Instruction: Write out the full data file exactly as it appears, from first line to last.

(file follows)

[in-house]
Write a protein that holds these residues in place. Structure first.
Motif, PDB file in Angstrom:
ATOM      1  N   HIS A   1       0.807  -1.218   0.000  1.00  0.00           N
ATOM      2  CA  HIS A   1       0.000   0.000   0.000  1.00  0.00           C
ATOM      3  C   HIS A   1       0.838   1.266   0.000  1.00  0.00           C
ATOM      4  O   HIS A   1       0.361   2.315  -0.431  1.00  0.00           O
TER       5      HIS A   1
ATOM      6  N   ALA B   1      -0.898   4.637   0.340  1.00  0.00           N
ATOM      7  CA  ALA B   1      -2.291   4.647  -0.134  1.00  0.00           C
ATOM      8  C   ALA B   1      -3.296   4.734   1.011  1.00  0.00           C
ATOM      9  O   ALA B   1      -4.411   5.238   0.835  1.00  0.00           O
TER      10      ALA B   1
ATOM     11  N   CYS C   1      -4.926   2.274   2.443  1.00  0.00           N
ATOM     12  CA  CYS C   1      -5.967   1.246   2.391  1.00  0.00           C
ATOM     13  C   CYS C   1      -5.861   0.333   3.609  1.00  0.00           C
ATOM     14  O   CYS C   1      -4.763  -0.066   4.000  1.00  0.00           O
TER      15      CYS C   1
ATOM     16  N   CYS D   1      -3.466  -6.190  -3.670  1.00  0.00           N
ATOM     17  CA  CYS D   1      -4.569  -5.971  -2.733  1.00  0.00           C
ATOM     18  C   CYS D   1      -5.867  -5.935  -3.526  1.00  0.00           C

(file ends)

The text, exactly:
[in-house]
Write a protein that holds these residues in place. Structure first.
Motif, PDB file in Angstrom:
ATOM      1  N   HIS A   1       0.807  -1.218   0.000  1.00  0.00           N
ATOM      2  CA  HIS A   1       0.000   0.000   0.000  1.00  0.00           C
ATOM      3  C   HIS A   1       0.838   1.266   0.000  1.00  0.00           C
ATOM      4  O   HIS A   1       0.361   2.315  -0.431  1.00  0.00           O
TER       5      HIS A   1
ATOM      6  N   ALA B   1      -0.898   4.637   0.340  1.00  0.00           N
ATOM      7  CA  ALA B   1      -2.291   4.647  -0.134  1.00  0.00           C
ATOM      8  C   ALA B   1      -3.296   4.734   1.011  1.00  0.00           C
ATOM      9  O   ALA B   1      -4.411   5.238   0.835  1.00  0.00           O
TER      10      ALA B   1
ATOM     11  N   CYS C   1      -4.926   2.274   2.443  1.00  0.00           N
ATOM     12  CA  CYS C   1      -5.967   1.246   2.391  1.00  0.00           C
ATOM     13  C   CYS C   1      -5.861   0.333   3.609  1.00  0.00           C
ATOM     14  O   CYS C   1      -4.763  -0.066   4.000  1.00  0.00           O
TER      15      CYS C   1
ATOM     16  N   CYS D   1      -3.466  -6.190  -3.670  1.00  0.00           N
ATOM     17  CA  CYS D   1      -4.569  -5.971  -2.733  1.00  0.00           C
ATOM     18  C   CYS D   1      -5.867  -5.935  -3.526  1.00  0.00           C